Some common triggers that might set off an MCAS flare up are:
- Mold exposure
- Allergens (like pollens)
- Wildfire smoke
- Tick / mosquito bites
- Animal bites with venoms
- Injuries or illness (virus, food poisoning, parasites, etc.)
- Medical / dental procedures
- Dietary triggers
- Getting too hot or too cold
- Not keeping up with your healthcare protocol
Here’s what led to my latest flare up:
- I got a concussion
- I had 2 major mold exposures
- I slacked on taking my meds (I was supposed to be regularly using an antifungal nasal spray for the fungal colonization I got from mold exposure)
- I ate sugar every day while traveling for about a week (This worsened the sinus fungal colonization by providing food for the fungi to thrive)
- I was under a lot of personal stress
- I was traveling for medical treatments
- I had anaphylaxis from mold and fragrance exposures
- I had intense osteopathic work and prolotherapy injections to help with the pain from the concussion
And I didn’t follow my flare plan.
Like I said. I’m human and make mistakes.
So, why didn’t I follow my flare plan?
My MCAS Flare Up Mistake
I was in denial. It’s one of my coping mechanisms. I rationalized everything instead of paying attention to my warning signs.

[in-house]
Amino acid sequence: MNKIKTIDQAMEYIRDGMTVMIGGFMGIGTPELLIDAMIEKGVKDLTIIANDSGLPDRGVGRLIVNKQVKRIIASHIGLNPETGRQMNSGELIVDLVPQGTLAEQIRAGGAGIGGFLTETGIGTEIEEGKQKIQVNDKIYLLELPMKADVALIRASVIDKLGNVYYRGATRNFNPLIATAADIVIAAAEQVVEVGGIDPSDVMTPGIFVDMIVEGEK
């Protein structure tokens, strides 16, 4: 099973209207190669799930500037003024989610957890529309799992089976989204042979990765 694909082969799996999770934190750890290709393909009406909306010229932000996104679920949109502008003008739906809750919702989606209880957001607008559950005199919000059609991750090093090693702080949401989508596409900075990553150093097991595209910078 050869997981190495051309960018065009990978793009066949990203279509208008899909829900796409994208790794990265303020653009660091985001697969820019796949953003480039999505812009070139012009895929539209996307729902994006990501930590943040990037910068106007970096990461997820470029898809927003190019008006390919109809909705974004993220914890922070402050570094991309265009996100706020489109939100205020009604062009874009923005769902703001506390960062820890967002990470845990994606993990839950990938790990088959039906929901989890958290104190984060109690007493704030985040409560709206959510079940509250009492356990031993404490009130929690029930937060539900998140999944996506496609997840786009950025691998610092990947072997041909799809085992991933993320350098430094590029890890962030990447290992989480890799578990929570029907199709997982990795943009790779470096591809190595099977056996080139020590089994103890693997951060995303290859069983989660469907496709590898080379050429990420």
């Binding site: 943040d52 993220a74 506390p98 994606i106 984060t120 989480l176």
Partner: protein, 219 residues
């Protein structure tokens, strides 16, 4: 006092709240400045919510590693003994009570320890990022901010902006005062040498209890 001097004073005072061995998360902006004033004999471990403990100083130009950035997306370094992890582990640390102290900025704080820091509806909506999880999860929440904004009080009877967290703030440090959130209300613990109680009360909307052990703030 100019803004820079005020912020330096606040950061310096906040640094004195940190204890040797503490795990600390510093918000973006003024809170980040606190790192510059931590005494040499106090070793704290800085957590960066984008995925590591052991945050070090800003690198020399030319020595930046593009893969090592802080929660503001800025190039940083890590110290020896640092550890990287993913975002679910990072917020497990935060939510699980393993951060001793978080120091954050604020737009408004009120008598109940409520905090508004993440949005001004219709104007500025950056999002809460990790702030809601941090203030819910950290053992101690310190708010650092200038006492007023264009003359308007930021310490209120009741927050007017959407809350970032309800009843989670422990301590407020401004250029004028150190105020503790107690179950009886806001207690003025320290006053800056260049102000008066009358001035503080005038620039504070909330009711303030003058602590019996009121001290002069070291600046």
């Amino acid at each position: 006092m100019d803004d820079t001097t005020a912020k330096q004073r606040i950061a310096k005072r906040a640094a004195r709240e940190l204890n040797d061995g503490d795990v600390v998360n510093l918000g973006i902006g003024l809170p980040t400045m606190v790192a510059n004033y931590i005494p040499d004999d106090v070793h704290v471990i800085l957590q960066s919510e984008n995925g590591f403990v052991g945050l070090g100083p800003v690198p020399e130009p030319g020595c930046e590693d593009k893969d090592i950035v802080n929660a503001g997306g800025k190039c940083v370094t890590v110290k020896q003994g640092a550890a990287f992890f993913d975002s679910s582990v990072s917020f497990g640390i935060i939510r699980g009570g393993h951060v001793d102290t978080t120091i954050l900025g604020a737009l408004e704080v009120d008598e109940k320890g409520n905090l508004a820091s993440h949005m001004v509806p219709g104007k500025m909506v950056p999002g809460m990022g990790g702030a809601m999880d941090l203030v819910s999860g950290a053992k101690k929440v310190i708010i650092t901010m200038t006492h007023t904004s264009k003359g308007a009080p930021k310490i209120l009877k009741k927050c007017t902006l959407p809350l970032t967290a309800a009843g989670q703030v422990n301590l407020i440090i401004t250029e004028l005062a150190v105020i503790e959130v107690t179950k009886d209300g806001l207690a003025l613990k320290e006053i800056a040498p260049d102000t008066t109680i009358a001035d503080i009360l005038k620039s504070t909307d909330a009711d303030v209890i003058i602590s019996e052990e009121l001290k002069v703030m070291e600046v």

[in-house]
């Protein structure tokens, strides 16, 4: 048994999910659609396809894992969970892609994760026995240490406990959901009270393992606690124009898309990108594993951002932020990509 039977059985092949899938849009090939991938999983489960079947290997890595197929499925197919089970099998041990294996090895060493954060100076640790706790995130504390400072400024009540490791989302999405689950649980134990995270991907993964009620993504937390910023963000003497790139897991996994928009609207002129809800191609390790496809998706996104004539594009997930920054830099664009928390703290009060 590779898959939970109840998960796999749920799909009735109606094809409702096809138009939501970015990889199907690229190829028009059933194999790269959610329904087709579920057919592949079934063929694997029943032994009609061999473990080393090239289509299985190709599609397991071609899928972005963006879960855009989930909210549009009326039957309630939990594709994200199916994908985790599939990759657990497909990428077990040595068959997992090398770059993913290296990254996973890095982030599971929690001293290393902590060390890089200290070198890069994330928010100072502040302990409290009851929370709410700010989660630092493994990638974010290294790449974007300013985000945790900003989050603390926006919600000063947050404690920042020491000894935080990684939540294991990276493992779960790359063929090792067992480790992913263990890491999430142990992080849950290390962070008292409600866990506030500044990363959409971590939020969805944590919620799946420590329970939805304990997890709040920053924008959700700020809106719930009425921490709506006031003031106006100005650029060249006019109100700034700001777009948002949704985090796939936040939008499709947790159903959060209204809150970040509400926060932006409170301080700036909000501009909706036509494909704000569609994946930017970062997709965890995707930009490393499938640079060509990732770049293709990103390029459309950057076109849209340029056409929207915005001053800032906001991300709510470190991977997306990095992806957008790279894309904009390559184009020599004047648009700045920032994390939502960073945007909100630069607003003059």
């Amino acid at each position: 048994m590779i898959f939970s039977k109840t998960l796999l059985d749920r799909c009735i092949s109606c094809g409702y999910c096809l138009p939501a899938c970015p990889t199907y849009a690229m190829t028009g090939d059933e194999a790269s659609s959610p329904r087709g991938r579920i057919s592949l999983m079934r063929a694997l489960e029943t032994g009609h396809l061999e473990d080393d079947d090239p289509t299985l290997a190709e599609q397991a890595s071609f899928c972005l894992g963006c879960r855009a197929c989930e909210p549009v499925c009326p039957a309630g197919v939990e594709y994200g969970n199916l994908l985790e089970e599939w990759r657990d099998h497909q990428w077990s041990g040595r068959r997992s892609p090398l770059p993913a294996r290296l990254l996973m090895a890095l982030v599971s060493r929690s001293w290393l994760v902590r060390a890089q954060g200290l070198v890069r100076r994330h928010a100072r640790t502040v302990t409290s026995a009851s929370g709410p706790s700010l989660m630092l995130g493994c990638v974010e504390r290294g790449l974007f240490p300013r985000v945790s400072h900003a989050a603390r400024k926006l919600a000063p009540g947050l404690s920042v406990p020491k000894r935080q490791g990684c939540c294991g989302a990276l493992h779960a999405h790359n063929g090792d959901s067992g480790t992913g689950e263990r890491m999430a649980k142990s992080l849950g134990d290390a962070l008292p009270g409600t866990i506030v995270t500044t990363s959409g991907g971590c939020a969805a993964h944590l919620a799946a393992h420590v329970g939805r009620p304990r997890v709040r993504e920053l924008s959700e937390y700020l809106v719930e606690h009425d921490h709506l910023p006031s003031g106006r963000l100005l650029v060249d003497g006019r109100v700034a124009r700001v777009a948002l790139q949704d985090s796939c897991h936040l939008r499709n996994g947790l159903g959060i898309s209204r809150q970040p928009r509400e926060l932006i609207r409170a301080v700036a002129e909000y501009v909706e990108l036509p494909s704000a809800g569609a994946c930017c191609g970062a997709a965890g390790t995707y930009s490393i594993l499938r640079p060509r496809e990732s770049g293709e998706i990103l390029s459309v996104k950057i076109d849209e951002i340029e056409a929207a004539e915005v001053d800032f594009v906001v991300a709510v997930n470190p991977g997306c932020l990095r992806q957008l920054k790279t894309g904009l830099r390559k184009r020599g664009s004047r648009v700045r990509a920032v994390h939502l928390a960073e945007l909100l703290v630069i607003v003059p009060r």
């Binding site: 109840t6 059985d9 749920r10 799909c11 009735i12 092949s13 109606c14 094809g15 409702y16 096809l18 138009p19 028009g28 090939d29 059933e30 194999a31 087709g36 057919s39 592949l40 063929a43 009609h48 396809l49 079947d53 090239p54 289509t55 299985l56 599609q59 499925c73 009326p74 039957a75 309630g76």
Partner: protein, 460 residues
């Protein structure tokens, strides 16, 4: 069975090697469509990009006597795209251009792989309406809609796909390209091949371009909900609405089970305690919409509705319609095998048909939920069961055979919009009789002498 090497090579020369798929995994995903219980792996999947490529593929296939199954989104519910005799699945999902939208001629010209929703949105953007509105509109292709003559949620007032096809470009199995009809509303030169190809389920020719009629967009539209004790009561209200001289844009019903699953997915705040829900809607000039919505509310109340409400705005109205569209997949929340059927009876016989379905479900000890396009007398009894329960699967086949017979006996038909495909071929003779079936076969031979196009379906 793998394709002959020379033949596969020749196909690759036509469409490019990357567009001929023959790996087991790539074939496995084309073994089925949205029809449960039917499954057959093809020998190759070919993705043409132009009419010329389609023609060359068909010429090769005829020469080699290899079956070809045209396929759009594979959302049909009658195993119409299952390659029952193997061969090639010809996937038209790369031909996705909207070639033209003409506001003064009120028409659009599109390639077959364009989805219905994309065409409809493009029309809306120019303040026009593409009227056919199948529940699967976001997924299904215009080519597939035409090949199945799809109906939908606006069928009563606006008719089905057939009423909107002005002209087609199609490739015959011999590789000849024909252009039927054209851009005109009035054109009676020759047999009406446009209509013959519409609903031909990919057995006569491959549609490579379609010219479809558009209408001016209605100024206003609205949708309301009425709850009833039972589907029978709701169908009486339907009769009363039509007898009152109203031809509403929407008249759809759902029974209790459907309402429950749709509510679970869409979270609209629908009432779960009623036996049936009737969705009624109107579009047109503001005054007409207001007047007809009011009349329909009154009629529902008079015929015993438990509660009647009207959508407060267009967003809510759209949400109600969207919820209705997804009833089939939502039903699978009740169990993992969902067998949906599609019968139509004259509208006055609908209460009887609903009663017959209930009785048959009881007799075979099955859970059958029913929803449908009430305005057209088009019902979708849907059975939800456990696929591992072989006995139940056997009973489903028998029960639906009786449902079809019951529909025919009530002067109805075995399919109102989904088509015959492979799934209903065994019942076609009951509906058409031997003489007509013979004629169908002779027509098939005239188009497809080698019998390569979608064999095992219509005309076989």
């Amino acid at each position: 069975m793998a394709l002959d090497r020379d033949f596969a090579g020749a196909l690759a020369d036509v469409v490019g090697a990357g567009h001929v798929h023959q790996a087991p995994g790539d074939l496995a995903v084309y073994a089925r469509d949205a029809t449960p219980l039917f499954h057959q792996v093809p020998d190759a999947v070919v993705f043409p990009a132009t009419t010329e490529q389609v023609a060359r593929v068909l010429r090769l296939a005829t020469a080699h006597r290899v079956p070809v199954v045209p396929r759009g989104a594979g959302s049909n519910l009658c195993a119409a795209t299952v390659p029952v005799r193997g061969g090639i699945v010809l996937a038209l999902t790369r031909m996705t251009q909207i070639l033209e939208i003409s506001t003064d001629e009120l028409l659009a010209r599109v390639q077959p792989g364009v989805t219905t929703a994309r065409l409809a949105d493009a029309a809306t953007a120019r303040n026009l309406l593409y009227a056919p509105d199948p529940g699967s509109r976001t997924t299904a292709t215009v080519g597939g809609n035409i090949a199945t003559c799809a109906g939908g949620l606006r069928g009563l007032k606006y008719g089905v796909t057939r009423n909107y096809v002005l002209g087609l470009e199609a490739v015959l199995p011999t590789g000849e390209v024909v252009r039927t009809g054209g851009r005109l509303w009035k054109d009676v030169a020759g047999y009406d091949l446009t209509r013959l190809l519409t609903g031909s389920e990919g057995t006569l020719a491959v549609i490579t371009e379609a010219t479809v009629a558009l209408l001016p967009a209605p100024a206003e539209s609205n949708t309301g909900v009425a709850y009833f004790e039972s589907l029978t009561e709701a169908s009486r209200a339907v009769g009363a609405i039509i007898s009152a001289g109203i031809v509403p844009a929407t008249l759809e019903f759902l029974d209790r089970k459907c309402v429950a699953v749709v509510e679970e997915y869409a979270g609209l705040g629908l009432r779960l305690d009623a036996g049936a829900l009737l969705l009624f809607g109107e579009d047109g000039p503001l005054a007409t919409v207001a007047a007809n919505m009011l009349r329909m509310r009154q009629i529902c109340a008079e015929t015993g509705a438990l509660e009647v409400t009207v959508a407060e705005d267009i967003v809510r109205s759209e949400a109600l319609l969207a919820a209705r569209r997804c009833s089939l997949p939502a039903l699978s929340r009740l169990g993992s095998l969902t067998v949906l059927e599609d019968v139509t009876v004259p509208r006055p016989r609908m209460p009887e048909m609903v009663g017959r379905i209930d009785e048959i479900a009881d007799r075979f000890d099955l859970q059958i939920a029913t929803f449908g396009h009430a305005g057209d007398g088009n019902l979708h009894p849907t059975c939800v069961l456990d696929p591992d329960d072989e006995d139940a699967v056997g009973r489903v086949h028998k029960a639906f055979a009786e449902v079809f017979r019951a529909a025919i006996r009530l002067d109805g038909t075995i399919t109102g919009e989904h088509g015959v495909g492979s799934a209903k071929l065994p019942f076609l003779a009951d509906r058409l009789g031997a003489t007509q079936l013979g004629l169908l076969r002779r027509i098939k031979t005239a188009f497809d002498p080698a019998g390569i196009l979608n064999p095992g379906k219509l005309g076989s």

For example, my red and swollen hands? That must be because I was reintroducing some higher histamine foods. I thought I’d just overdone it.
And I was in so much pain from the concussion. It led to increased jaw instability, muscle spasms, and nerve pain. This was because of the extent of my ligament damage from previous injuries.
The pain took over.
The good news is that the osteopathic work and prolotherapy provided me with some much needed pain relief!
But I was still ignoring pressing symptoms… until I couldn’t anymore.
My sinuses felt like they would explode. I started having chronic migraines. My hands continued to be red and swollen. I had bad joint pain that felt like an arthritis flare.
My skin was stretchy, and I dislocated a joint in my big toe just by stubbing it. That meant my hypermobility had returned. I’d previously dealt with Hypermobile Ehlers-Danlos Syndrome (EDS). But I had completely reversed it.
Additionally, I noticed exacerbation of my EMF sensitivity.
You might also experience MCAS symptoms in your flare ups like:
- Systemic symptoms
- Overall fatigue
- Chronic pain
- Increase in food or chemical sensitivities
- Skin symptoms
- Itchy skin
- Gastrointestinal symptoms
- Abdominal pain
- Nervous system symptoms
- Brain fog
- Heart symptoms
- Fast heart rate
- Low blood pressure
- Respiratory symptoms
- Shortness of breath